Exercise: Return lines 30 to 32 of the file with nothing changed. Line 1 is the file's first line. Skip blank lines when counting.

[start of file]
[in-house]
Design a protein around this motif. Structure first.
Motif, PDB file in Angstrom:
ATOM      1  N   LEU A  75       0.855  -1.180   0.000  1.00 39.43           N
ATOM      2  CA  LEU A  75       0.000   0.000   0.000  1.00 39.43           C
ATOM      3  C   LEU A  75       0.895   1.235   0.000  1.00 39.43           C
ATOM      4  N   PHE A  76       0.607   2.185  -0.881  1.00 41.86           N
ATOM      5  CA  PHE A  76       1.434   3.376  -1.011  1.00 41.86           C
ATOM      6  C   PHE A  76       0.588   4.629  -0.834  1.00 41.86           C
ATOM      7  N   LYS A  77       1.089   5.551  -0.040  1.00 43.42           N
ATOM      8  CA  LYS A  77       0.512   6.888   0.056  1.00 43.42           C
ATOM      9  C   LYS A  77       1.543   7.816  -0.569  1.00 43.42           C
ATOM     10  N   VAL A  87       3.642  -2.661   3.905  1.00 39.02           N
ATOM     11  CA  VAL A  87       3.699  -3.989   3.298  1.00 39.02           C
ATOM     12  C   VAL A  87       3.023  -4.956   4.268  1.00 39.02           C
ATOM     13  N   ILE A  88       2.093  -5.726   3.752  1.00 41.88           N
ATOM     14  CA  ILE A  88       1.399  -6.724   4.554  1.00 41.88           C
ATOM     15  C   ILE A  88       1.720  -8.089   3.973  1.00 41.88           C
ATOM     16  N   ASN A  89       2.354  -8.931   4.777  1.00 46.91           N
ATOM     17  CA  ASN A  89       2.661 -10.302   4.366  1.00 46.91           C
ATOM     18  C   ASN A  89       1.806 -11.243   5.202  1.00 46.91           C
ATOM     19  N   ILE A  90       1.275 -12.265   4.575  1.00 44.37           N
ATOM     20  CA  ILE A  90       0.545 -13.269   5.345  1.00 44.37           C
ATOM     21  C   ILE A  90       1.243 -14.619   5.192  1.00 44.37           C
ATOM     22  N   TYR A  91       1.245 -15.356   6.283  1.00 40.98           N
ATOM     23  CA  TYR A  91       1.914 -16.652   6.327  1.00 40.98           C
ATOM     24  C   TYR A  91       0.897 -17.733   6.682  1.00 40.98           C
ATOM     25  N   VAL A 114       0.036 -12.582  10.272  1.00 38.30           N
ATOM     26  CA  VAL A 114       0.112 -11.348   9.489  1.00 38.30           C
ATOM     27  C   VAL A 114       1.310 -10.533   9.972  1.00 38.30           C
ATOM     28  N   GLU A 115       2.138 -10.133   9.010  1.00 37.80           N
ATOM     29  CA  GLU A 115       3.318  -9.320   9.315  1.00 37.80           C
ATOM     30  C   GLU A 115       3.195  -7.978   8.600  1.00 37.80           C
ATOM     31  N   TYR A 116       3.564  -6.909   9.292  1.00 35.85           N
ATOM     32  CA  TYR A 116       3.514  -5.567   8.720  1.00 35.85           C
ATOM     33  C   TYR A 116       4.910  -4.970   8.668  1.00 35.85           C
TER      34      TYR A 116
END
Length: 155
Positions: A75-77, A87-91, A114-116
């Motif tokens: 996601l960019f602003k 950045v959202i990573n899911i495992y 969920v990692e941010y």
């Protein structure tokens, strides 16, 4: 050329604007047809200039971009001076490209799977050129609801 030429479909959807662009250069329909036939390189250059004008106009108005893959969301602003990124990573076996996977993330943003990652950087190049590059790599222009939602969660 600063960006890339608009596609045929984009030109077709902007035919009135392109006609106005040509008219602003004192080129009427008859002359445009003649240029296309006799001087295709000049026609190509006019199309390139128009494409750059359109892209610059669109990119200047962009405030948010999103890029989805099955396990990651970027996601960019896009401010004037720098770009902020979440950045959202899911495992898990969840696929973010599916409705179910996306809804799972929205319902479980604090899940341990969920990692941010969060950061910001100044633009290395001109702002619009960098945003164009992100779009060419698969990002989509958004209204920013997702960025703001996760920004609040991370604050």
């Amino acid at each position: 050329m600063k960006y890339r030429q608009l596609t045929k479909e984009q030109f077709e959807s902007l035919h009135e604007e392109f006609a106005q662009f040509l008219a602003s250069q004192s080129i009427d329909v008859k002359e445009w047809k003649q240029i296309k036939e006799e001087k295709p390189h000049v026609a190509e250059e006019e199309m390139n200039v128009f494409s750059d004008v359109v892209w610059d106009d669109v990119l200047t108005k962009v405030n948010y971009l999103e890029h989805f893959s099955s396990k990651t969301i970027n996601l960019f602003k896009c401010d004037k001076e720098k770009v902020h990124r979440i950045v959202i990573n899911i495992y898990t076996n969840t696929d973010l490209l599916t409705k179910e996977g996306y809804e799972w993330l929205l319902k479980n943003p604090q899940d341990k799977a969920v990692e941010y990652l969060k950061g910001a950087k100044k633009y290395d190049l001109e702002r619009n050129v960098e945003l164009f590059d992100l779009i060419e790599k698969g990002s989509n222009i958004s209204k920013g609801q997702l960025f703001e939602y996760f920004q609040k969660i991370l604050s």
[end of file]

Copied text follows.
ATOM     27  C   VAL A 114       1.310 -10.533   9.972  1.00 38.30           C
ATOM     28  N   GLU A 115       2.138 -10.133   9.010  1.00 37.80           N
ATOM     29  CA  GLU A 115       3.318  -9.320   9.315  1.00 37.80           C